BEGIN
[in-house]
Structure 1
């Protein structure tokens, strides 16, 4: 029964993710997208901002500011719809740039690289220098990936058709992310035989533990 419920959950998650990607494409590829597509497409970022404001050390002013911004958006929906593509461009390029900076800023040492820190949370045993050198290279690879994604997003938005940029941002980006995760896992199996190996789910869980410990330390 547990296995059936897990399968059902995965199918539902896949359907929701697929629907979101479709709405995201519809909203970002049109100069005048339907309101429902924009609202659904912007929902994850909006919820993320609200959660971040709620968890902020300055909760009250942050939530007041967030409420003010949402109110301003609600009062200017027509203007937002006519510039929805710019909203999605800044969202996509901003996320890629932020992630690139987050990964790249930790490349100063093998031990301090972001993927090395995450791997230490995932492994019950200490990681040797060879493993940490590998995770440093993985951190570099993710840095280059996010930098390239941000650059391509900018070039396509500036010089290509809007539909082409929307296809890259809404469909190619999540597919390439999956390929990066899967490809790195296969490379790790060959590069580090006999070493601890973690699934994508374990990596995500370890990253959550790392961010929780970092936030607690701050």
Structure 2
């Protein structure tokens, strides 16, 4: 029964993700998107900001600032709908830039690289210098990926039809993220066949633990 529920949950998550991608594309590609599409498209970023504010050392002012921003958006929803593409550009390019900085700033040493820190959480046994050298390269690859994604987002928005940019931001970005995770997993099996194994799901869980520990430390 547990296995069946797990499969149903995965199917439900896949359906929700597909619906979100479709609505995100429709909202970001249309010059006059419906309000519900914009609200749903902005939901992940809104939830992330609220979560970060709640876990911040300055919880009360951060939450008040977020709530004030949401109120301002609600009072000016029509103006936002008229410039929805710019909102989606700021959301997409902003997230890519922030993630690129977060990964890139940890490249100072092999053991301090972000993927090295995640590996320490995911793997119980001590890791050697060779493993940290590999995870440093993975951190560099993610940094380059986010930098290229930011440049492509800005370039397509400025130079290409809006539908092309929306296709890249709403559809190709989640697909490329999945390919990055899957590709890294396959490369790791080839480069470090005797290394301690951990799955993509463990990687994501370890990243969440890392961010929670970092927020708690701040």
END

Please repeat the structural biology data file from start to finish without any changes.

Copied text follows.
[in-house]
Structure 1
């Protein structure tokens, strides 16, 4: 029964993710997208901002500011719809740039690289220098990936058709992310035989533990 419920959950998650990607494409590829597509497409970022404001050390002013911004958006929906593509461009390029900076800023040492820190949370045993050198290279690879994604997003938005940029941002980006995760896992199996190996789910869980410990330390 547990296995059936897990399968059902995965199918539902896949359907929701697929629907979101479709709405995201519809909203970002049109100069005048339907309101429902924009609202659904912007929902994850909006919820993320609200959660971040709620968890902020300055909760009250942050939530007041967030409420003010949402109110301003609600009062200017027509203007937002006519510039929805710019909203999605800044969202996509901003996320890629932020992630690139987050990964790249930790490349100063093998031990301090972001993927090395995450791997230490995932492994019950200490990681040797060879493993940490590998995770440093993985951190570099993710840095280059996010930098390239941000650059391509900018070039396509500036010089290509809007539909082409929307296809890259809404469909190619999540597919390439999956390929990066899967490809790195296969490379790790060959590069580090006999070493601890973690699934994508374990990596995500370890990253959550790392961010929780970092936030607690701050």
Structure 2
């Protein structure tokens, strides 16, 4: 029964993700998107900001600032709908830039690289210098990926039809993220066949633990 529920949950998550991608594309590609599409498209970023504010050392002012921003958006929803593409550009390019900085700033040493820190959480046994050298390269690859994604987002928005940019931001970005995770997993099996194994799901869980520990430390 547990296995069946797990499969149903995965199917439900896949359906929700597909619906979100479709609505995100429709909202970001249309010059006059419906309000519900914009609200749903902005939901992940809104939830992330609220979560970060709640876990911040300055919880009360951060939450008040977020709530004030949401109120301002609600009072000016029509103006936002008229410039929805710019909102989606700021959301997409902003997230890519922030993630690129977060990964890139940890490249100072092999053991301090972000993927090295995640590996320490995911793997119980001590890791050697060779493993940290590999995870440093993975951190560099993610940094380059986010930098290229930011440049492509800005370039397509400025130079290409809006539908092309929306296709890249709403559809190709989640697909490329999945390919990055899957590709890294396959490369790791080839480069470090005797290394301690951990799955993509463990990687994501370890990243969440890392961010929670970092927020708690701040």